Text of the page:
Staunton, January 10 – The recent release of nationality data from the 2010 Russian Federation census is prompting the members of ever more groups to reflect on the situation they now find themselves in and to ask what they should do to improve their lot and in some cases to ensure the survival of their people.
A leader of the small Finno-Ugric Mari nation is the latest to do so. Yury Yerofeyev, head of Moscow’s Mari community, pointedly asks whether the situation today proves that Mikhail Kandaratsky was write a century ago when he wrote that “sad is the past of the Cheremis [Mari} people, said is its present and still sadder is its future” (finugor.ru/node/22596).
Yerofeyev says that the new census results mean that one cannot but agree with the Kazan professor.given what has happened to the Mari, a group oppressed by tsarist autocracy and one which “for centuries has had imposed on its consciousness submissiveness and a sense of being a second class people and kept from the administration of its own fate.”
Between the 2002 and 2010 Russian censuses, the Mari people declined in number by 57,000 people, “falling back to the level they were at in 1965.” “And in comparison with the demographic boom which came during the last years of Soviet power, the Maris became almost 100,000 (15 percent) fewer than they were in 1989.”
“What is this?” Yerofeyev asks: “Payment for ‘the happiness of living in a capitalist paradise’ or the beginning point of the disappearance of the Cheremis ethnos?” Like other Maris, he wants to know how this happened, “was it by the mortality of people, assimilation with other peoples, the mass exodus of Maris to find work … or a criminally distorted census?”
The last factor undoubtedly has played a role, he suggests, especially because Moscow has an interest in “concealing the true indicators connected with the decline of the share of the ethnic Russian ethnos” and fears that any reports about which could undermine “social stability” especially in the run-up to the Duma and presidential elections.
“It is clear to all,” given the rising tide of popular distrust for the powers that be, he writes, “that the delays with the release of summary data of the census” were the result of political calculations. Thus, “in this sense, the census of 2010 had not so much a social-economic goal” as such enumerations are supposed to have “as a political one.”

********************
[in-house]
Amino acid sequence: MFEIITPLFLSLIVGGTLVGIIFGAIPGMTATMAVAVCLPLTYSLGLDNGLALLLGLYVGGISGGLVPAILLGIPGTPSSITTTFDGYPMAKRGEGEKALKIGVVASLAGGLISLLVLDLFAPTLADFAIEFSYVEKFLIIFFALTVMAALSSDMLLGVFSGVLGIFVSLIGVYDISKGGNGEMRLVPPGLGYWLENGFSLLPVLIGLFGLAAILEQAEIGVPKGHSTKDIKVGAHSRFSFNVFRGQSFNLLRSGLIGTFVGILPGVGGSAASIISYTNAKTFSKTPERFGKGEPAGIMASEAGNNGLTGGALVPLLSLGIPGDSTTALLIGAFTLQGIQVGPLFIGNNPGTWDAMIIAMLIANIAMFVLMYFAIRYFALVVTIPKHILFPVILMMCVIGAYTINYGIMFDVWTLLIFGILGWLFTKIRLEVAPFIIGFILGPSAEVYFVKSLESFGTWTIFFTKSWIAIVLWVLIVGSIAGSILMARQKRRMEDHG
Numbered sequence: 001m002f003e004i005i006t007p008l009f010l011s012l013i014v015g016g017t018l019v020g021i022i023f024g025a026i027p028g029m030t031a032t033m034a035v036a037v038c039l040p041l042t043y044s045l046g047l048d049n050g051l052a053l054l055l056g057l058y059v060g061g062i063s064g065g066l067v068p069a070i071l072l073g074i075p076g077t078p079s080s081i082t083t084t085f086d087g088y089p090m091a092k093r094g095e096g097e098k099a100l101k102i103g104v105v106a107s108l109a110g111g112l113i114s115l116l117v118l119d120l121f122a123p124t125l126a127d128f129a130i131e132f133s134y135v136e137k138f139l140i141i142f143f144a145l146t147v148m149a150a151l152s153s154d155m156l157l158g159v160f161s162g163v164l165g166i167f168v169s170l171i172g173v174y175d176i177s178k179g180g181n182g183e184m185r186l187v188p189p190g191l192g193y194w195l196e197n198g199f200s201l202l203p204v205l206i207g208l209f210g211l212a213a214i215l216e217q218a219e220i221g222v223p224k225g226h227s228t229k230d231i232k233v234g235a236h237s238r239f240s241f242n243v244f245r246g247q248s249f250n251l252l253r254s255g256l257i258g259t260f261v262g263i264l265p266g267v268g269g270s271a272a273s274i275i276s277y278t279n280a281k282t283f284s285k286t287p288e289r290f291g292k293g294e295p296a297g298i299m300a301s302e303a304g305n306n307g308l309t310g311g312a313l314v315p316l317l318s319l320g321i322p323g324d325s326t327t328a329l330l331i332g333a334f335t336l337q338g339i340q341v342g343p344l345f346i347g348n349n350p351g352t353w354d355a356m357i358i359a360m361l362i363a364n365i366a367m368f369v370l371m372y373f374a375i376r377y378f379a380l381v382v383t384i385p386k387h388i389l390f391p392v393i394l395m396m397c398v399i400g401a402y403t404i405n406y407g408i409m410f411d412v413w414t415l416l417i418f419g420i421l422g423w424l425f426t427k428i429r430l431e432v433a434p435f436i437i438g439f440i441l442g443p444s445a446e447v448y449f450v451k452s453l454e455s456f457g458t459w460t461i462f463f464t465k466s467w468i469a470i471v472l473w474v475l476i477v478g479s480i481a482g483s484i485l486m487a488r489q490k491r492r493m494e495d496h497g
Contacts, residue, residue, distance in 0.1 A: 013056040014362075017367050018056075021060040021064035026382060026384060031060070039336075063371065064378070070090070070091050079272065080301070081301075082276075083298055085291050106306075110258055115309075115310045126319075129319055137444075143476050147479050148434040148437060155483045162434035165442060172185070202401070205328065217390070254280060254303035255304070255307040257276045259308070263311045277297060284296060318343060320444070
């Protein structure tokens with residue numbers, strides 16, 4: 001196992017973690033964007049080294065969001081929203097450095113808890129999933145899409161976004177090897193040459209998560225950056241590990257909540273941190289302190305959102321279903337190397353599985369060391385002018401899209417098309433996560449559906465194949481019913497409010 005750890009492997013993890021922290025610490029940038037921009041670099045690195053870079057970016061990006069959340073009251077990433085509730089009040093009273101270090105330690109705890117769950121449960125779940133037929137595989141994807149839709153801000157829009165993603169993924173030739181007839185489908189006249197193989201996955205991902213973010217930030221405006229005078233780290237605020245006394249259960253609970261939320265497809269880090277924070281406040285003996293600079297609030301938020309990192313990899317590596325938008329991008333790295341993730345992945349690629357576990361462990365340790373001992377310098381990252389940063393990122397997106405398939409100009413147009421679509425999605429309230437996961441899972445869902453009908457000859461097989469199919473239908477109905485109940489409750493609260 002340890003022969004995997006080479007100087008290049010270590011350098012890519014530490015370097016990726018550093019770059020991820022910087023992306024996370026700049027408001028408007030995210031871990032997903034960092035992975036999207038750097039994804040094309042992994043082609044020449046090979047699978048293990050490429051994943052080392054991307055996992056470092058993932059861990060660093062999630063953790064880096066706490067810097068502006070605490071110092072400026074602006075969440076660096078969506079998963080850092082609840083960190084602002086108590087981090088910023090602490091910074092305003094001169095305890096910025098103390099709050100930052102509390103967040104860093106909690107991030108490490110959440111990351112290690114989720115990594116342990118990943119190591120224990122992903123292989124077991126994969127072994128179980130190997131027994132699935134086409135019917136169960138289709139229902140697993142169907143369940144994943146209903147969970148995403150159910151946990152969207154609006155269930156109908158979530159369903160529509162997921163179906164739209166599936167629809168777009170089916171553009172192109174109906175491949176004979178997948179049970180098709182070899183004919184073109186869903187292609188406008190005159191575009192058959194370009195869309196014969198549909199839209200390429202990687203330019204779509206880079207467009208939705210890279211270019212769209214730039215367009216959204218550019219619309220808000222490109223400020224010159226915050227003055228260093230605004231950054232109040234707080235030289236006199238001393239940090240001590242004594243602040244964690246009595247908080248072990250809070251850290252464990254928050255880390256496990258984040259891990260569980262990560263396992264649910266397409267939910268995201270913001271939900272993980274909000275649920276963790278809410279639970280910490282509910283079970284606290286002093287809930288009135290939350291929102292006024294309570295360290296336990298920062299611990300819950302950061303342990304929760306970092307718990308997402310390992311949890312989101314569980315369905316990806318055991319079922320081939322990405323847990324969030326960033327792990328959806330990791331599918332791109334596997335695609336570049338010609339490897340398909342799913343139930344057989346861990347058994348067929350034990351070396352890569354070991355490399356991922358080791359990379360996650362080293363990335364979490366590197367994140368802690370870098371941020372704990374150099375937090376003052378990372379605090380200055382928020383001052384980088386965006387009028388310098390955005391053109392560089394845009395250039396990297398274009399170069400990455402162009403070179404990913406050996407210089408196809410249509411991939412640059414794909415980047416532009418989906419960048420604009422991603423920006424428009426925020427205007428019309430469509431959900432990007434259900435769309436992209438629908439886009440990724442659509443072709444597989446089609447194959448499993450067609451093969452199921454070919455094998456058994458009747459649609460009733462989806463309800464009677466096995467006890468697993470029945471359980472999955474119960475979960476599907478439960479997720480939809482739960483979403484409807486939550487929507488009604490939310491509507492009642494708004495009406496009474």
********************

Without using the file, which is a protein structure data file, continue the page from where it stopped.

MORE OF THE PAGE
In order to correct the situation, Yerofeyev continues, an Internet site should appear “in the nearest future the entire set of statistics about the sizes of each region where there are registered members of our community” and that this should be done by Mari activists rather than Russian officials.
That need in turn raises the issue of the reliability of the Mari social organization Mary Mer Kanash, a group that remains unregistered and whose leaders have sought “to privatize” the Mari people into their own hands by “deceptive means,” as well as Moscow-imposed officials like the current head of Mari El.
What is needed now is the convention of a genuine popular assembly of Maris from all across the Russian Federation, a group that “undoubtedly will be interested in the level of representation of Maris and other residents populating Mari El in the organs of the federal legislative branch, including the State Duma and the Federation Council.”
United Russia and its officials in Mari El, Yerofeyev says, have eliminated all representation of the Mari nation in these assemblies, something that “never was in the case in Soviet times or even in the years of Yeltsin’s rule” and something that leaves the nation feeling something less than complete.”
“Such a short-sighted, hypocritical policy of recent times serves as a reminder after a century about the past rightless position of the Mari people,” the Moscow community leader writes. “The time has come,” he says,” to say “‘No’ to all who at the federal and regional levels allow themselves to irresponsibly declare Maris” who speak up “’nationalists.’”
And there are some hopeful signs that the Maris, despite their diminished numbers, are beginning to wake up to their possible fate and take political action. Only 52 percent of them voted for United Russia in the Duma elections, “a real indicator of the declining level of trust of residents of the republic and above all of the urban population to local bureaucrats.”
This trend, Yerofeyev concludes, “will continue in the March 4 vote for president” in large part because “circumstances in the country are such that the main opponent to the criminal powers that be already are not the proletariat of the Marxist era but business which is in an objective contradiction with the existing system of ineffective economics and bureaucracy.”